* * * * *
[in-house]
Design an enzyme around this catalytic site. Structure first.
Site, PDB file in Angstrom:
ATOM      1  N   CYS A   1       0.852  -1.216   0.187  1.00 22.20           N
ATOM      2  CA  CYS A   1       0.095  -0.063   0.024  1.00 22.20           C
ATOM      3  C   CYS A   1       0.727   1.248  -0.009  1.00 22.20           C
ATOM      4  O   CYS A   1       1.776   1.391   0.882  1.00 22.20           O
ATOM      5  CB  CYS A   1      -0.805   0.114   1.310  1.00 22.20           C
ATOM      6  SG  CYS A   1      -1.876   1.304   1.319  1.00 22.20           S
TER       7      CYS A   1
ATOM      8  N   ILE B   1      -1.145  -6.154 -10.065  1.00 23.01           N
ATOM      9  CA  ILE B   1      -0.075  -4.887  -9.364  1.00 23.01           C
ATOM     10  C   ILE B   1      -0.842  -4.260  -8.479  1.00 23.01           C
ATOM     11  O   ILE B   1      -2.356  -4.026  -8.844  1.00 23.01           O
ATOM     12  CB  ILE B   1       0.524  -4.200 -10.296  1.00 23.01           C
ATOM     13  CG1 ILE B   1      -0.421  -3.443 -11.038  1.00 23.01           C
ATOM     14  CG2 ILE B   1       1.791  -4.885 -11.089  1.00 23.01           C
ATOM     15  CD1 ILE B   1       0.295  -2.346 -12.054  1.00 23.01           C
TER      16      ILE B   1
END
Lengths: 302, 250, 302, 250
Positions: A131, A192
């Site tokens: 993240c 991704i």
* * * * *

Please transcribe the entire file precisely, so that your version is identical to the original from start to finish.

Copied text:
[in-house]
Design an enzyme around this catalytic site. Structure first.
Site, PDB file in Angstrom:
ATOM      1  N   CYS A   1       0.852  -1.216   0.187  1.00 22.20           N
ATOM      2  CA  CYS A   1       0.095  -0.063   0.024  1.00 22.20           C
ATOM      3  C   CYS A   1       0.727   1.248  -0.009  1.00 22.20           C
ATOM      4  O   CYS A   1       1.776   1.391   0.882  1.00 22.20           O
ATOM      5  CB  CYS A   1      -0.805   0.114   1.310  1.00 22.20           C
ATOM      6  SG  CYS A   1      -1.876   1.304   1.319  1.00 22.20           S
TER       7      CYS A   1
ATOM      8  N   ILE B   1      -1.145  -6.154 -10.065  1.00 23.01           N
ATOM      9  CA  ILE B   1      -0.075  -4.887  -9.364  1.00 23.01           C
ATOM     10  C   ILE B   1      -0.842  -4.260  -8.479  1.00 23.01           C
ATOM     11  O   ILE B   1      -2.356  -4.026  -8.844  1.00 23.01           O
ATOM     12  CB  ILE B   1       0.524  -4.200 -10.296  1.00 23.01           C
ATOM     13  CG1 ILE B   1      -0.421  -3.443 -11.038  1.00 23.01           C
ATOM     14  CG2 ILE B   1       1.791  -4.885 -11.089  1.00 23.01           C
ATOM     15  CD1 ILE B   1       0.295  -2.346 -12.054  1.00 23.01           C
TER      16      ILE B   1
END
Lengths: 302, 250, 302, 250
Positions: A131, A192
């Site tokens: 993240c 991704i």